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A Functional Biology of Scyphozoa

Scyphozoa have attracted the attention of many types of people. Naturalists watch their graceful locomotion. Fishermen may dread the swarms which can prevent fishing or eat larval fish. Bathers retreat from the water if they are stung. People from some Asiatic countries eat the medusae. Comparative physiologists examine them as possibly simple models for the functioning of various systems. This book integrates data from those and other investigations into a functional biology of scyphozoa. It will emphasize the wide range of adaptive responses possible in these morphologically relatively simple animals. The book will concentrate on the research of the last 35 years, partly because there has been a rapid expansion of knowledge during that period, and partly because much of the previous work was summarized by books published between 1961 and 1970. Bibliographies of papers on scyphozoa were included in Mayer (1910) and Kramp (1961). Taxonomic diagnoses are also included in those monographs, as well as in a monograph on the scyphomedusae of the USSR published by Naumov (Naumov, 1961). Most impor- tantly, a genenttion of scyphozoan workers has used as its 'bible' the monograph by F.S.Russell (1970) The Medusae of the British Isles. In spite of its restrictive title, his book reviews most of the information on the biology of scyphozoa up to that date.
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Table of Contents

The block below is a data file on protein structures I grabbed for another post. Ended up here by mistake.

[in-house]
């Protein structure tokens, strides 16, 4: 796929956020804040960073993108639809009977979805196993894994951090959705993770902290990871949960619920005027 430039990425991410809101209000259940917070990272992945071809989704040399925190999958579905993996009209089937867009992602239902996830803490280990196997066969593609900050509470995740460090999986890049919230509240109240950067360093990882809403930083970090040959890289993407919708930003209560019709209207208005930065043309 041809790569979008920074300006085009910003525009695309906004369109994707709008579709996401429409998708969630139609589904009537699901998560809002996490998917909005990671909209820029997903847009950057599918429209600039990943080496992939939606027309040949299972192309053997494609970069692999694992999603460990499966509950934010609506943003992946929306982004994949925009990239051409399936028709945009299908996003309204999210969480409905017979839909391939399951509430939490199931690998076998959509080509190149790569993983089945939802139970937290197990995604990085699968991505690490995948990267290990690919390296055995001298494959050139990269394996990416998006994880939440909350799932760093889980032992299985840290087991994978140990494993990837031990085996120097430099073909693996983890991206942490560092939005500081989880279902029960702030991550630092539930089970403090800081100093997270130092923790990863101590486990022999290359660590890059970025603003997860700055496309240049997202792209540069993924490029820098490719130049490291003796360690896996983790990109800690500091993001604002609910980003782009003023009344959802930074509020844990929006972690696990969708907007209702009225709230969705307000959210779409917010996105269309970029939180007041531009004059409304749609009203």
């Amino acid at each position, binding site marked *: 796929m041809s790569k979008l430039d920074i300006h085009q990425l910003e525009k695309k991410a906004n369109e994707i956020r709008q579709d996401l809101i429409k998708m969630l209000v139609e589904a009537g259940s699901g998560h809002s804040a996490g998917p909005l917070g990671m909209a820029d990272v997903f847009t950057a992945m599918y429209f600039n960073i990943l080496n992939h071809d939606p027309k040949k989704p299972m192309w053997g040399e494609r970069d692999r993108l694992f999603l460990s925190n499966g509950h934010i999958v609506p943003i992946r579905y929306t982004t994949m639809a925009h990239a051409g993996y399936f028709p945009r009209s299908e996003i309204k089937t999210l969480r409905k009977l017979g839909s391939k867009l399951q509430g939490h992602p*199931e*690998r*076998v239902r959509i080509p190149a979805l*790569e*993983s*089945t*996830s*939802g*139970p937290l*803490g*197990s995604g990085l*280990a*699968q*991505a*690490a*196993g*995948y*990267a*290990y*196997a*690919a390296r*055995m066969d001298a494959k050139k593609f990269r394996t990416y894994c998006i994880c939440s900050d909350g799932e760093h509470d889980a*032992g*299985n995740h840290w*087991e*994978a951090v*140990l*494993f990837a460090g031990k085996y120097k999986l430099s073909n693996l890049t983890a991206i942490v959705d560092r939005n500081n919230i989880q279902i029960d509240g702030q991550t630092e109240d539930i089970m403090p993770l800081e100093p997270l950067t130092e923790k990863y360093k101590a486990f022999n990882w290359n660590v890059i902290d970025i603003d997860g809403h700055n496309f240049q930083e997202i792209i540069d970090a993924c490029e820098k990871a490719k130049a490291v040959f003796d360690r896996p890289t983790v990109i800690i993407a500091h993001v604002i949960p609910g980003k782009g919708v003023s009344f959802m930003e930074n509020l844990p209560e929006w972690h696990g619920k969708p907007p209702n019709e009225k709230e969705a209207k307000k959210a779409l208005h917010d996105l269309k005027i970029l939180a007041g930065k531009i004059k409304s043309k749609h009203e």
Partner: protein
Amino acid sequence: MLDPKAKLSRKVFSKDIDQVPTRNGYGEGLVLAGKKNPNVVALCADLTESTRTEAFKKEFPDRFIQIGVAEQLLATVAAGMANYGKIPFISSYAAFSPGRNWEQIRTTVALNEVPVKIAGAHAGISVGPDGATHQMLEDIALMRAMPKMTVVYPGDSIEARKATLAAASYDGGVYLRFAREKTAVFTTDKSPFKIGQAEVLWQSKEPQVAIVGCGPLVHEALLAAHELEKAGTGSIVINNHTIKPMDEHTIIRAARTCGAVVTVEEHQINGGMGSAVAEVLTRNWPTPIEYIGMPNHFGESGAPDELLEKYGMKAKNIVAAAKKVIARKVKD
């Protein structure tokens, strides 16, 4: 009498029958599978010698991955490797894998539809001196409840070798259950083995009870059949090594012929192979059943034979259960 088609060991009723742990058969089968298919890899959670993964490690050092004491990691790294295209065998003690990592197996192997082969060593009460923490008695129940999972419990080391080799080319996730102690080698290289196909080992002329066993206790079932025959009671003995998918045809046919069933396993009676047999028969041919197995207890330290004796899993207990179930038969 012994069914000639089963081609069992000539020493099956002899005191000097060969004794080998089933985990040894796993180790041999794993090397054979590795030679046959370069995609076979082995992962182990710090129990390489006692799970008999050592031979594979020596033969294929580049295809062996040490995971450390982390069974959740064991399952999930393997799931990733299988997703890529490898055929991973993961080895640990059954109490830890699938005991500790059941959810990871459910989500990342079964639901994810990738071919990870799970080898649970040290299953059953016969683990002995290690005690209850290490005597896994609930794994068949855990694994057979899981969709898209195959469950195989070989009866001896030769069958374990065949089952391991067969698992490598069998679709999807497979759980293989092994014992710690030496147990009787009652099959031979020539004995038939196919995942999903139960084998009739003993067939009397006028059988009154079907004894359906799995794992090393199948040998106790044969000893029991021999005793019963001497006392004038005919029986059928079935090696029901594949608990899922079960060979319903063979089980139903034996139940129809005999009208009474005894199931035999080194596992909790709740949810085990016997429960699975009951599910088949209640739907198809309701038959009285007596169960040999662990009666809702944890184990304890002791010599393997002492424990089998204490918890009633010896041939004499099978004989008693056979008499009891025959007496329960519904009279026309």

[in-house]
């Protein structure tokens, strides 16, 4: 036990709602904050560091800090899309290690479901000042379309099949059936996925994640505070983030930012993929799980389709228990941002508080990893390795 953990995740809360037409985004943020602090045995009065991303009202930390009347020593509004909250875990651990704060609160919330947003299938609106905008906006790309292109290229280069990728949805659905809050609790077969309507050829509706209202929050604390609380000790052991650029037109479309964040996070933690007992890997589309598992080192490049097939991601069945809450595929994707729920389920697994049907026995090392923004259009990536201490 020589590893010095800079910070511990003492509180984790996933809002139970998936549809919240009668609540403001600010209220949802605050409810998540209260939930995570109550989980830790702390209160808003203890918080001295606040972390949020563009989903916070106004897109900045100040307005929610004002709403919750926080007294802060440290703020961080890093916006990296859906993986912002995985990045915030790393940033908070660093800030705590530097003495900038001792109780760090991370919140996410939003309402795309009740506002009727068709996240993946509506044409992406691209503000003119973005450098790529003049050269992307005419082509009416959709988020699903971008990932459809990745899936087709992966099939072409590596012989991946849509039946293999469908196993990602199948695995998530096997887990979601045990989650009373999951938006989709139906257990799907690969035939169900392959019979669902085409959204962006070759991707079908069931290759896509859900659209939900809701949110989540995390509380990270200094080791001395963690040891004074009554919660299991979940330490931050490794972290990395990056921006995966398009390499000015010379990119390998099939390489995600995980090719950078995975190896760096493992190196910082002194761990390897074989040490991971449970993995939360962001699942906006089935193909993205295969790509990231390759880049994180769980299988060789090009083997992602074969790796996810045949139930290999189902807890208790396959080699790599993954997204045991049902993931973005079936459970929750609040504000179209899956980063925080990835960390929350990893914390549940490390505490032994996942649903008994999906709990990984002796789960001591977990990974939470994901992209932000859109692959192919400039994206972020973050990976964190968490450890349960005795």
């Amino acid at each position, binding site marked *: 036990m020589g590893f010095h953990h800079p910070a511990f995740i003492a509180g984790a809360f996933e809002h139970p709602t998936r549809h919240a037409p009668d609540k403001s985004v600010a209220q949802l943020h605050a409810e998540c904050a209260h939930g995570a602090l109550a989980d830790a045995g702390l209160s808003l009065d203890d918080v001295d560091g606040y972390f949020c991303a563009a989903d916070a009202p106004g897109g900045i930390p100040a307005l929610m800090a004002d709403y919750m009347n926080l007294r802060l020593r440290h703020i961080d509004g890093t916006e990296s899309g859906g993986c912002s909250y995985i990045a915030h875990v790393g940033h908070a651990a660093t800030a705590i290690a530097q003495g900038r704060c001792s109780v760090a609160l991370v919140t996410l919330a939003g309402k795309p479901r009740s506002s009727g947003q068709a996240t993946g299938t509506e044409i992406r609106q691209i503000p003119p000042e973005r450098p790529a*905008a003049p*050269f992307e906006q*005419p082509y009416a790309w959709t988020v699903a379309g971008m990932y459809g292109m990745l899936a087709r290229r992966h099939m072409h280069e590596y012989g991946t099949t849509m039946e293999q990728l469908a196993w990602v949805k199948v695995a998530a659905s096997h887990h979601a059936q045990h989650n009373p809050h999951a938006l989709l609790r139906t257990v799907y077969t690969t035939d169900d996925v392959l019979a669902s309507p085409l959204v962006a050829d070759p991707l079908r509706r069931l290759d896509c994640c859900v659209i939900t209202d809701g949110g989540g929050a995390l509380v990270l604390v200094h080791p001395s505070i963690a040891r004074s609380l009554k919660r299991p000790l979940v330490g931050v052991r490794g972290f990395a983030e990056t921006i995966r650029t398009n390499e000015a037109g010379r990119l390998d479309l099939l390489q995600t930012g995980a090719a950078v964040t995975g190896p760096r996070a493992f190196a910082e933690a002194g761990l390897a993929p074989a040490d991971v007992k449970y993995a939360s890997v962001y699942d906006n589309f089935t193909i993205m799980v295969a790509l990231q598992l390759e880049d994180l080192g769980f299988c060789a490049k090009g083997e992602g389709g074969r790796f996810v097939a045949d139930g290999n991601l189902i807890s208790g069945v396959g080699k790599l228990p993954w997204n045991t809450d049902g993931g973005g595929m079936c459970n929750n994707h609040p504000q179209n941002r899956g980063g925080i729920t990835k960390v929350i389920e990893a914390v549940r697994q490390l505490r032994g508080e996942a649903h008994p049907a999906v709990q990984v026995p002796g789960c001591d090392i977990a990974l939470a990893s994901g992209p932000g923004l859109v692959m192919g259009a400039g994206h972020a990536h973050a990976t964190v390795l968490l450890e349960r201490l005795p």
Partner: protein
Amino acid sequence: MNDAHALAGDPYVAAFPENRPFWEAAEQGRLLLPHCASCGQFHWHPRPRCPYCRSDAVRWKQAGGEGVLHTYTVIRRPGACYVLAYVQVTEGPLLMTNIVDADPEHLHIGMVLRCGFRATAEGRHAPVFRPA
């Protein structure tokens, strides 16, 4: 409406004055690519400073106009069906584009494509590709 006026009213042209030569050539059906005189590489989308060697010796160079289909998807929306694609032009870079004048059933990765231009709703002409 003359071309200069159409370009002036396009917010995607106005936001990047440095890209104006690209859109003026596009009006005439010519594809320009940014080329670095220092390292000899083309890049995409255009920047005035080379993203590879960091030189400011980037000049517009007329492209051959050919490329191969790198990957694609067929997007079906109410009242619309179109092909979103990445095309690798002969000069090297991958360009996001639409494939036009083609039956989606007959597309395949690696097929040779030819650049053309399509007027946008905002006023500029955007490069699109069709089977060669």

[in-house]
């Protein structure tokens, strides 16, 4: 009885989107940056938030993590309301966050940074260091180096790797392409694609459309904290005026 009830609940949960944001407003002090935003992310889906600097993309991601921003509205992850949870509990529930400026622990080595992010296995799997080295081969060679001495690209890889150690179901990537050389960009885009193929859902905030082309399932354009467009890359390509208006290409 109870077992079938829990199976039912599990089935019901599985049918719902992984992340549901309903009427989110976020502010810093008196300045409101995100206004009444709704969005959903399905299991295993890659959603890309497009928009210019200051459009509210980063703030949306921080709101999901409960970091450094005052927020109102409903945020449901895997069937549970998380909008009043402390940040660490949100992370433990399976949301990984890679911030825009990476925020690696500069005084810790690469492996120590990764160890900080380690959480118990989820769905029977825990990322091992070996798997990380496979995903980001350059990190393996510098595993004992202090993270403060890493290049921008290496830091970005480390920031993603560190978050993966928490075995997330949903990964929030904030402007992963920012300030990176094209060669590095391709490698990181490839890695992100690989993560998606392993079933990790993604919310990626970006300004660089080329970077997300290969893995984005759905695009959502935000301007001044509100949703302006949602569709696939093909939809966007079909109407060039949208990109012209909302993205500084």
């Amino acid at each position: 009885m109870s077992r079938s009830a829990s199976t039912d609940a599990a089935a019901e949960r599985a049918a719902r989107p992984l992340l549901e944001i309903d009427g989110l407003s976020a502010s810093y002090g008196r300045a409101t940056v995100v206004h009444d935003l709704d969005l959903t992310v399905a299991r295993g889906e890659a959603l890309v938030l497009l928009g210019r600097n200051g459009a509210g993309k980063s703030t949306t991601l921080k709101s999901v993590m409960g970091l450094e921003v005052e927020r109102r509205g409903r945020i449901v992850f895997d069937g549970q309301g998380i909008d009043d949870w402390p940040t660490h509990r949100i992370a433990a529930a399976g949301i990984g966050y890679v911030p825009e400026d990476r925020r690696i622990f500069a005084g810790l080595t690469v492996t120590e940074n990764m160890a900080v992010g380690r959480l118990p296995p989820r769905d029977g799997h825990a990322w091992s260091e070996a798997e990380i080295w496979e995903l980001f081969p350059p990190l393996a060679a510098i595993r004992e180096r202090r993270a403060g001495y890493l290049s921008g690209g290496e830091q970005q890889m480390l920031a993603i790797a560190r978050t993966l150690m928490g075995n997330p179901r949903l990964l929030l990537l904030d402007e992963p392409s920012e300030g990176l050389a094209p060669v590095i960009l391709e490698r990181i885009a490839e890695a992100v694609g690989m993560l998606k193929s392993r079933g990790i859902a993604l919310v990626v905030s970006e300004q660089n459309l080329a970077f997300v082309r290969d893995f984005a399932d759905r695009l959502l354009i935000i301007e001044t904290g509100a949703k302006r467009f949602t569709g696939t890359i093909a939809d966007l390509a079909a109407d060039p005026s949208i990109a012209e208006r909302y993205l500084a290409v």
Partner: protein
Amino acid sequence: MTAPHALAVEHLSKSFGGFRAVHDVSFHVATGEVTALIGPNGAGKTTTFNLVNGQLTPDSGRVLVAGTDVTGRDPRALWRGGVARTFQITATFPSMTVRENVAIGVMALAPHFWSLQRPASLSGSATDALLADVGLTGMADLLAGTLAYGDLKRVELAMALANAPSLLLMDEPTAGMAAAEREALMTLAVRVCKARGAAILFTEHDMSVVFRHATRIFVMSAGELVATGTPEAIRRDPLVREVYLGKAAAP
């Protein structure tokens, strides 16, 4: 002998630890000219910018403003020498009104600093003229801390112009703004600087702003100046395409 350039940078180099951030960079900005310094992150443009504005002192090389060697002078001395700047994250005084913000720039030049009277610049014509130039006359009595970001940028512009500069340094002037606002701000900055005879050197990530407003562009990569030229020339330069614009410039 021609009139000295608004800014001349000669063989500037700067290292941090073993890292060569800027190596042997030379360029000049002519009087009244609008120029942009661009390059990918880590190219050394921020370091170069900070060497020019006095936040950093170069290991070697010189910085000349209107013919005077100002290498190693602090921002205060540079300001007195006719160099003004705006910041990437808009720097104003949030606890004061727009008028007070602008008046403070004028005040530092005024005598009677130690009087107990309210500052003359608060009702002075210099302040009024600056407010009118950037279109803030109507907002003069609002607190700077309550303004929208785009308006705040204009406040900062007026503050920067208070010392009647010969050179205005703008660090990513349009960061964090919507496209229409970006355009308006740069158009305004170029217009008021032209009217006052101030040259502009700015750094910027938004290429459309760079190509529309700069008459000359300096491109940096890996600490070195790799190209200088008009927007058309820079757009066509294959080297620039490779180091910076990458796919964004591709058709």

1 Design and relationships.- 1.1 Introduction.- 1.2 The orders: morphology and life cycles.- 1.2.1 Stauromedusae.- 1.2.2 Coronatae.- 1.2.3 Semaeostomeae.- 1.2.4 Rhizostomeae.- 1.3 Relationships and origins of the class and orders.- 2 Locomotion.- 2.1 Introduction.- 2.2 Mesoglea.- 2.2.1 Fibre composition.- 2.2.2 Mechanics.- 2.3 Muscle.- 2.3.1 General muscular anatomy.- 2.3.2 Fine structure of muscles.- 2.3.3 Physiological properties of muscles.- 2.4 Sensory receptors.- 2.4.1 Structure of the marginal sense organs.- 2.4.2 Photoreception.- 2.4.3 Equilibrium reception.- 2.4.4 Other sensory responses.- 2.5 Nervous system.- 2.5.1 Nervous system of medusae.- 2.5.2 Marginal centres.- 2.5.3 Structure and function of the motor nerve net.- 2.5.4 Diffuse nerve net.- 2.5.5 Nervous system of polyps.- 2.5.6 Transmitters.- 2.6 Locomotion.- 2.6.1 Physical dynamics of swimming.- 2.6.2 Nervous control of swimming.- 2.6.3 Locomotion of polyps.- 2.6.4 Locomotion of planulae.- 3 Feeding.- 3.1 Introduction.- 3.2 Cnidae.- 3.2.1 Structure and classification.- 3.2.2 Formation and migration.- 3.2.3 Discharge.- 3.2.4 Toxins.- 3.2.5 Functions.- 3.3 Types of prey.- 3.3.1 Prey in diets of scyphomedusae.- 3.3.2 Prey of polyps.- 3.4 Contact with prey.- 3.4.1 Medusae encounter probabilities.- 3.4.2 Medusae attraction to prey.- 3.5 Feeding behaviour.- 3.5.1 Medusae prey capture.- 3.5.2 Polyp prey capture.- 3.5.3 Chemical induction of feeding.- 3.6 Feeding rates.- 3.6.1 Selection of prey types.- 3.6.2 Factors affecting feeding rates.- 4 Nutrition.- 4.1 Introduction.- 4.1.1 Units of intake.- 4.1.2 Dietary requirements.- 4.2 Digestion.- 4.2.1 Extracellular and intracellular digestion.- 4.2.2 Enzymes.- 4.2.3 Digestion rates.- 4.3 Circulation and translocation.- 4.3.1 Circulatory canals and ciliary currents.- 4.3.2 Endocytosis.- 4.3.3 Translocation.- 4.4 Uptake of dissolved organic material.- 4.5 Symbiosis.- 4.5.1 Identity and location of algal symbionts.- 4.5.2 Metabolic exchange between symbiont and host.- 4.5.3 Establishment and control of algal numbers.- 4.5.4 Ecological significance of symbiosis.- 5 Metabolism.- 5.1 Introduction.- 5.1.1 Definitions.- 5.1.2 Aerobic and anaerobic metabolism.- 5.2 Factors affecting oxygen consumption.- 5.2.1 Body size.- 5.2.2 Muscular activity.- 5.2.3 Food.- 5.2.4 Temperature.- 5.2.5 Oxygen availability.- 5.2.6 Effects of symbionts.- 5.3 Nitrogen excretion 131 5.3.1 Factors affecting rates of excretion.- 5.3.1 Factors affecting rates of excretion.- 5.4 Osmotic and ionic regulation.- 5.4.1 Water content.- 5.4.2 Buoyancy.- 6 Reproduction.- 6.1 Synopsis.- 6.1.1 Types of reproduction and trade-offs.- 6.1.2 Genetics.- 6.2 Gametogenesis.- 6.2.1 Gonad formation.- 6.2.2 Gamete production.- 6.2.3 Fertilization.- 6.3 Larval development.- 6.3.1 Embryogenesis and planulae.- 6.3.2 Brooding.- 6.3.3 Settlement including metamorphosis.- 6.3.4 Direct development.- 6.4 Polyp.- 6.4.1 Budding.- 6.4.2 Cysts including podocysts.- 6.4.3 Strobilation.- 6.5 Ephyra.- 7 Growth.- 7.1 Measurement of growth.- 7.1.1 Units.- 7.1.2 Methods.- 7.2 Organic composition of scyphozoa.- 7.3 Growth curves.- 7.3.1 Laboratory data.- 7.3.2 Field data.- 7.3.3 Life span.- 7.4 Starvation and regeneration.- 7.4.1 Degrowth and regrowth.- 7.4.2 Regeneration.- 7.5 Conversion efficiencies.- 7.6 Dietary requirements.- 7.6.1 Energy budget.- 7.6.2 Food supply.- 8 Physical ecology.- 8.1 Biomass.- 8.1.1 Measurement.- 8.1.2 Production.- 8.2 Mortality and adaptation to physical factors.- 8.2.1 Temperature.- 8.2.2 Salinity.- 8.2.3 Pollution.- 8.2.4 Oxygen.- 8.3 Depth.- 8.3.1 Vertical distribution.- 8.3.2 Diel migration.- 8.3.3 Changes with life cycle.- 8.4 Aggregation and horizontal migration.- 8.5 Zoogeography.- 9 Biological interactions.- 9.1 Predation.- 9.1.1 Natural predators: planktonic.- 9.1.2 Natural predators: benthic.- 9.1.3 Fisheries.- 9.1.4 Transparency and pigmentation.- 9.2 Parasites.- 9.2.1 Larval trematodes and cestodes.- 9.2.2 Hyperiid amphipods.- 9.3 Associations.- 9.3.1 Associations with fish.- 9.4 Bioluminescence.- 9.4.1 Anatomy of luminescent structures.- 9.4.2 Chemical basis of luminescence.- 9.4.3 Control of luminescence.- 9.4.4 Ecological significance.- 9.5 Trophic relationships.- 9.5.1 Impact on prey populations.- 9.5.2 Competition.- 9.5.3 Trophic levels.- Appendix: Classification of extant scyphozoa.- References.

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